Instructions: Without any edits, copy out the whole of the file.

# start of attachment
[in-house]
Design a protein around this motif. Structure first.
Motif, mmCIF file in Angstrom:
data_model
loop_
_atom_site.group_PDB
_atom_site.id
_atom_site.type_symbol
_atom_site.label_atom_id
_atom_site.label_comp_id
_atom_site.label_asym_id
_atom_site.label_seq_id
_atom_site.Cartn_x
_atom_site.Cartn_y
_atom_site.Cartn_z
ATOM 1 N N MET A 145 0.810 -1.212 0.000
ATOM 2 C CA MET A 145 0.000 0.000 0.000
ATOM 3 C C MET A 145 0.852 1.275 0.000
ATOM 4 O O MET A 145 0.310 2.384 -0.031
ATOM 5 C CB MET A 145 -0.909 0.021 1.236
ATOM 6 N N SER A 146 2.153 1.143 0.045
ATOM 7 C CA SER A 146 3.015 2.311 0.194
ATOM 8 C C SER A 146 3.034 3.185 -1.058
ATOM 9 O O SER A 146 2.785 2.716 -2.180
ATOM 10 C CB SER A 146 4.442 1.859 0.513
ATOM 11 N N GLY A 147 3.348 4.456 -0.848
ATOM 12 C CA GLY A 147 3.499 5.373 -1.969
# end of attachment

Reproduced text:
[in-house]
Design a protein around this motif. Structure first.
Motif, mmCIF file in Angstrom:
data_model
loop_
_atom_site.group_PDB
_atom_site.id
_atom_site.type_symbol
_atom_site.label_atom_id
_atom_site.label_comp_id
_atom_site.label_asym_id
_atom_site.label_seq_id
_atom_site.Cartn_x
_atom_site.Cartn_y
_atom_site.Cartn_z
ATOM 1 N N MET A 145 0.810 -1.212 0.000
ATOM 2 C CA MET A 145 0.000 0.000 0.000
ATOM 3 C C MET A 145 0.852 1.275 0.000
ATOM 4 O O MET A 145 0.310 2.384 -0.031
ATOM 5 C CB MET A 145 -0.909 0.021 1.236
ATOM 6 N N SER A 146 2.153 1.143 0.045
ATOM 7 C CA SER A 146 3.015 2.311 0.194
ATOM 8 C C SER A 146 3.034 3.185 -1.058
ATOM 9 O O SER A 146 2.785 2.716 -2.180
ATOM 10 C CB SER A 146 4.442 1.859 0.513
ATOM 11 N N GLY A 147 3.348 4.456 -0.848
ATOM 12 C CA GLY A 147 3.499 5.373 -1.969